exposure conditions. The line width roughness, which represents 1-D fidelity, was evaluated on 32-nm dense lines.
Pattern fidelity of 2-D features such as the zigzag poly line and dense metal patterns was also examined. The impact to
LWR of using the edge dithering method, instead of dosage modulation, to control the line width accuracy beyond the
pixel size was studied.
In this paper, a quantitative evaluation of mask quality in the domain of 2D pattern fidelity and a method of assessing the OPC model effectiveness are investigated. The spirit of our algorithm is to characterize the wafer lithographic performances of both the real physical mask and the ideal OPCed layout mask that the physical mask is based on. To acquire these performances, we adopted a CD-SEM image process technique for transforming an actual SEM mask image into a simulation-friendly format like GDSII together with the methods to correctly handle the image transformation and interpret the simulation results. Finally, the images, such as the simulated aerial images, the simulated or observed resist top views, are superposed for comparison using logic operation.
The control of global critical dimension uniformity (GCDU) across the entire mask becomes an important factor for the high-end masks quality. Three major proceses induce GCDU error before after-developing inspection (ADI) including the E-Beam writing, baking, and developing processes. Due to the charging effect, the fogging effect, the vacuum effect and other not-well-known effects, the E-Beam writing process suffers from some consistent GCDU errors. Specifically, the chemical amplified resist (CAR) induces the GCDU error from improper baking. This phenomenon becomes worse with negative CARs. The developing process is also a source of the GCDU error usually appears radially. This paper reports the results of the study of the impact of the global CD uniformity on mask to wafer images. It also proposes solutions to achieve better masks.
Nowadays, the CD (Critical Dimension) control on masks manufacturing plays an important role in photolithography process for 90-nm node technology and below. The process performance of photolithography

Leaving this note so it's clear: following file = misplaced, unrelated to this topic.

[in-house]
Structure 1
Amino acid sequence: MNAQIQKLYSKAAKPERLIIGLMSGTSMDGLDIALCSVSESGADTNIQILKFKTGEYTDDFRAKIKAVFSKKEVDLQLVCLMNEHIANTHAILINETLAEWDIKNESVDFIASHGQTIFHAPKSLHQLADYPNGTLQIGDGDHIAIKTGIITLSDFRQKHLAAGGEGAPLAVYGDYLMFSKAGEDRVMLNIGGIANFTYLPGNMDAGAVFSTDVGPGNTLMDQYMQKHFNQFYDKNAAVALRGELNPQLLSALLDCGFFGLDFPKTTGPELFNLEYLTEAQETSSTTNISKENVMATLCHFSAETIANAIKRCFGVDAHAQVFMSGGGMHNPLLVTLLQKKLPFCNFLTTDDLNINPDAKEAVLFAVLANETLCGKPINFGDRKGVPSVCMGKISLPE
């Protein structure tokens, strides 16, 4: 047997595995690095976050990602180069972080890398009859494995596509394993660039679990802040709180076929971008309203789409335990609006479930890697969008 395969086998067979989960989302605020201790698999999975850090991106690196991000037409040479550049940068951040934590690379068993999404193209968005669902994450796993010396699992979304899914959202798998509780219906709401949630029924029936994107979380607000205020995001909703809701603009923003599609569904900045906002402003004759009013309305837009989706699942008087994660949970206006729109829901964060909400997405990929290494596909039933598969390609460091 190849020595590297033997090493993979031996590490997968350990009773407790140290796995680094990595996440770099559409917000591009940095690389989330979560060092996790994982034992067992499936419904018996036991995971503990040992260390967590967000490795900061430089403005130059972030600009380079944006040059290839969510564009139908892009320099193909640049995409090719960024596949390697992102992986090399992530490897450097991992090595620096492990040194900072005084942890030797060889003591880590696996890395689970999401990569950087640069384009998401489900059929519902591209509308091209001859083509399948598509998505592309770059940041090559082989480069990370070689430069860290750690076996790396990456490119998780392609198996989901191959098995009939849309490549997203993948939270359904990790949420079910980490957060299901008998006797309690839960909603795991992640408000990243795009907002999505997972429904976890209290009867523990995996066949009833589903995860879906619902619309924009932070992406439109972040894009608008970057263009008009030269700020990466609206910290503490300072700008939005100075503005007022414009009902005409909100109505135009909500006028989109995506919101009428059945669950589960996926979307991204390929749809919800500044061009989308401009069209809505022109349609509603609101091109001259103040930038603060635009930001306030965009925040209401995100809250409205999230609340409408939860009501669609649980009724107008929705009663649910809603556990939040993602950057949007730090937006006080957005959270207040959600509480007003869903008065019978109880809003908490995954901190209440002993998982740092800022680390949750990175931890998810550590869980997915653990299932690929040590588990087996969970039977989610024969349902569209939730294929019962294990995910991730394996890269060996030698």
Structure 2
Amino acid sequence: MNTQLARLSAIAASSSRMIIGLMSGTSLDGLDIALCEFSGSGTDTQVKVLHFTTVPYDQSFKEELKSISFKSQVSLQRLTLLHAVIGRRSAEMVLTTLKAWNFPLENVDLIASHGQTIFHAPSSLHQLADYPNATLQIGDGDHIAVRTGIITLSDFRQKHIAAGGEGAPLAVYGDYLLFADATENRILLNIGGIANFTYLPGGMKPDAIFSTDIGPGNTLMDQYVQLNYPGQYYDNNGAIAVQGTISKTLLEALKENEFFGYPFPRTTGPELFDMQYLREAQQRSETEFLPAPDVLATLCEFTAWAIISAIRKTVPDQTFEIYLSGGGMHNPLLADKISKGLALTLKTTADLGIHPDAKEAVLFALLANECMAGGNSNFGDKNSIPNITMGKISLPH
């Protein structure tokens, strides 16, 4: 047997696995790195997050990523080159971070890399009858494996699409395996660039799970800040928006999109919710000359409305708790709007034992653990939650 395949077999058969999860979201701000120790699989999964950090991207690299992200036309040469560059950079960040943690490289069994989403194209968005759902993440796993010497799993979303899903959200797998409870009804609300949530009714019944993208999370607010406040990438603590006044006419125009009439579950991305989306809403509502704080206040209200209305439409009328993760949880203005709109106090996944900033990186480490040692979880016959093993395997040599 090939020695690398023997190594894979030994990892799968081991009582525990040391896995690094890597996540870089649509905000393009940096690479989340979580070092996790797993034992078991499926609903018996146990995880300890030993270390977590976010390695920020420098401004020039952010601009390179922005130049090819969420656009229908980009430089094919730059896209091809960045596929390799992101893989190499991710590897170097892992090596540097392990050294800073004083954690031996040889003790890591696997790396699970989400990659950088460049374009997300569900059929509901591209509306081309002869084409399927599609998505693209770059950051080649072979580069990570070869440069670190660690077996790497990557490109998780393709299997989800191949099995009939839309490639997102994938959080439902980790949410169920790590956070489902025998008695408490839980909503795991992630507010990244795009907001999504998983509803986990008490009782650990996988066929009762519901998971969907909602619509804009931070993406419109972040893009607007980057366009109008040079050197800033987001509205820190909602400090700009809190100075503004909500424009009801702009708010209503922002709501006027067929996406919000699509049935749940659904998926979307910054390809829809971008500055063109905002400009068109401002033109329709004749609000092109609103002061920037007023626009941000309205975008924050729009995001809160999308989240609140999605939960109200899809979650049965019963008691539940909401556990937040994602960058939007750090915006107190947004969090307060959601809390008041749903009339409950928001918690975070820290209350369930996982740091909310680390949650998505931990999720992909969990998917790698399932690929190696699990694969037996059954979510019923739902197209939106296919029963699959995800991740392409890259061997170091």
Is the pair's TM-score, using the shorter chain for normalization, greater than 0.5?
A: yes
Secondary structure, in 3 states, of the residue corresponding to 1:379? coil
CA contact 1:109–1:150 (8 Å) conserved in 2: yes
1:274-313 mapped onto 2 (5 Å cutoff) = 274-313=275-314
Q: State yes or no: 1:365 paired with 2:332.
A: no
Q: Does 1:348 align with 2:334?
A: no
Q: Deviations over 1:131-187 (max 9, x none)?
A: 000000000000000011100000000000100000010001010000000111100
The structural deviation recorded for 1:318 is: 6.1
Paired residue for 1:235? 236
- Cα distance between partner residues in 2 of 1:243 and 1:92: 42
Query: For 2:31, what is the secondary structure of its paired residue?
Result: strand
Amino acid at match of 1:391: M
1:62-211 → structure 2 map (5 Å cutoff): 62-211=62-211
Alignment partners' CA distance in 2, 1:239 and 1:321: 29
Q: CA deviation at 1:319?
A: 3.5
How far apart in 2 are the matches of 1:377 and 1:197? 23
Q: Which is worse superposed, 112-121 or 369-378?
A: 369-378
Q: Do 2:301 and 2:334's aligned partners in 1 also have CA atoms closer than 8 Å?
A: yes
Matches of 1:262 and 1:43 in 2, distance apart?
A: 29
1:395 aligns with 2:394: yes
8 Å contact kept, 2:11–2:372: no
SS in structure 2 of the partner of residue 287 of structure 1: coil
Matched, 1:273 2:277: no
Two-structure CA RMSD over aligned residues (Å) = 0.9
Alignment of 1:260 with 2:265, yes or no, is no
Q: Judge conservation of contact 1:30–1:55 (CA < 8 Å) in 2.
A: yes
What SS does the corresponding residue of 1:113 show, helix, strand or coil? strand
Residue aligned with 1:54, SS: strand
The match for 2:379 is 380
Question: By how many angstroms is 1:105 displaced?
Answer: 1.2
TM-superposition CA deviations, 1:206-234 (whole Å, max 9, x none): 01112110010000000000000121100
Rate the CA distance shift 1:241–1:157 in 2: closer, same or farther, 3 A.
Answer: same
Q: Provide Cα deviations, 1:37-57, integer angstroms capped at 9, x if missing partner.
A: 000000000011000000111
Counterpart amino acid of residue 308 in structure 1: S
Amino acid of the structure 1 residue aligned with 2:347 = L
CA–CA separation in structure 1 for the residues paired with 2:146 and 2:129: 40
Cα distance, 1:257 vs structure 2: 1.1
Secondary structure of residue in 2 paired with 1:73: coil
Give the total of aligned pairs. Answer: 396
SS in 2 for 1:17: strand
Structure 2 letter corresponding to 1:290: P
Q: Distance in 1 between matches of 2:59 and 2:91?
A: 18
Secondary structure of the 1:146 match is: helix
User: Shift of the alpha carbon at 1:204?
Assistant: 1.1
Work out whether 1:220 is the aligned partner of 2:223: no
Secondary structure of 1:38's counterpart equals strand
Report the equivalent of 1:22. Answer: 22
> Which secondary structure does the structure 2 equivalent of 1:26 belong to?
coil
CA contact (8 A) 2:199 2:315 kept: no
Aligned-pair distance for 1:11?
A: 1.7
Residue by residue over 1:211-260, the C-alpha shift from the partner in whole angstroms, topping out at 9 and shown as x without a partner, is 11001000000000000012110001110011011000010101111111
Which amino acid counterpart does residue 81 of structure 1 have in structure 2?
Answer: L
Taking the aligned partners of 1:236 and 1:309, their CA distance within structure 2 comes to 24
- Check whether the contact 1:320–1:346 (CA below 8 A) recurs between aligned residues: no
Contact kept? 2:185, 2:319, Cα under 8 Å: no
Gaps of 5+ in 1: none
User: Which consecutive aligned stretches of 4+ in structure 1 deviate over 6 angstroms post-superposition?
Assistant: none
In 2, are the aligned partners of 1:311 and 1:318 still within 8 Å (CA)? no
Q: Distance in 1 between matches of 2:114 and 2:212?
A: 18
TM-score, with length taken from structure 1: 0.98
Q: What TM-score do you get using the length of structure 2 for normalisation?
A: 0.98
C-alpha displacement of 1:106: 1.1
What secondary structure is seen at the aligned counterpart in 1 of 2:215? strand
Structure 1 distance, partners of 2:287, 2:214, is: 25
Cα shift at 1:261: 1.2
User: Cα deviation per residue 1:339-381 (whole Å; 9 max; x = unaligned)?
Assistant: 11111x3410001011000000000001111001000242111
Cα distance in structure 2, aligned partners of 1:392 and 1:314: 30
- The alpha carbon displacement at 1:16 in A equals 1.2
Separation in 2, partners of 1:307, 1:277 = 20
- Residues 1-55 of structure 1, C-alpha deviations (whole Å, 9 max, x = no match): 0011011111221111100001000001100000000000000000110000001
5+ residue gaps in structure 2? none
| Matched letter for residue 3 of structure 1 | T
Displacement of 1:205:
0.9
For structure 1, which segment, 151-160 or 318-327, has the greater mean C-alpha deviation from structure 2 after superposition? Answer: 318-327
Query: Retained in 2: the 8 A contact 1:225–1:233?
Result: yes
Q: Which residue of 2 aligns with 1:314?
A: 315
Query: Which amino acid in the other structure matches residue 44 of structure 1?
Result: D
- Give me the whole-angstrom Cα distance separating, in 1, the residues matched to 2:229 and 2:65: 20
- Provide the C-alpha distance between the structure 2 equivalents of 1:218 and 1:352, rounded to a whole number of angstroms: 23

will degrade severely even when the mask CD error is small. One of the most important process-induced mask CD errors comes from the dry etching process. With the loading effect due to environment pattern variations, isolated and dense patterns have different etching biases. Furthermore, the loading effect can induce an overall
CD variation called global loading effect contributed from the pattern density change in large areas and a CD variation on individual monitor pattern called micro-loading effect contributed from various feature dimensions in the near region. The micro-loading effect can also be classified as the “nearest spacing” effect which is dependent upon the space between the nearest neighbor pattern and the monitor pattern, and the “nearest
neighbor” effect which is dependent upon the size of the nearest neighbor feature around the monitor pattern. All of these effects enlarge the total range of mask CD linearity and proximity errors.
In this paper we report the result of the global loading effect and micro-loading effect by varying pattern densities and feature dimensions nearby. With the design of test pattern, the global loading effect and the micro-loading effect can be separated. The CD variation dominated by the micro-loading effect in the dry etching process is observed. This large etching bias change resulted from the micro-loading effect is consistent with the depletion of radical species in the narrow space during the etching process.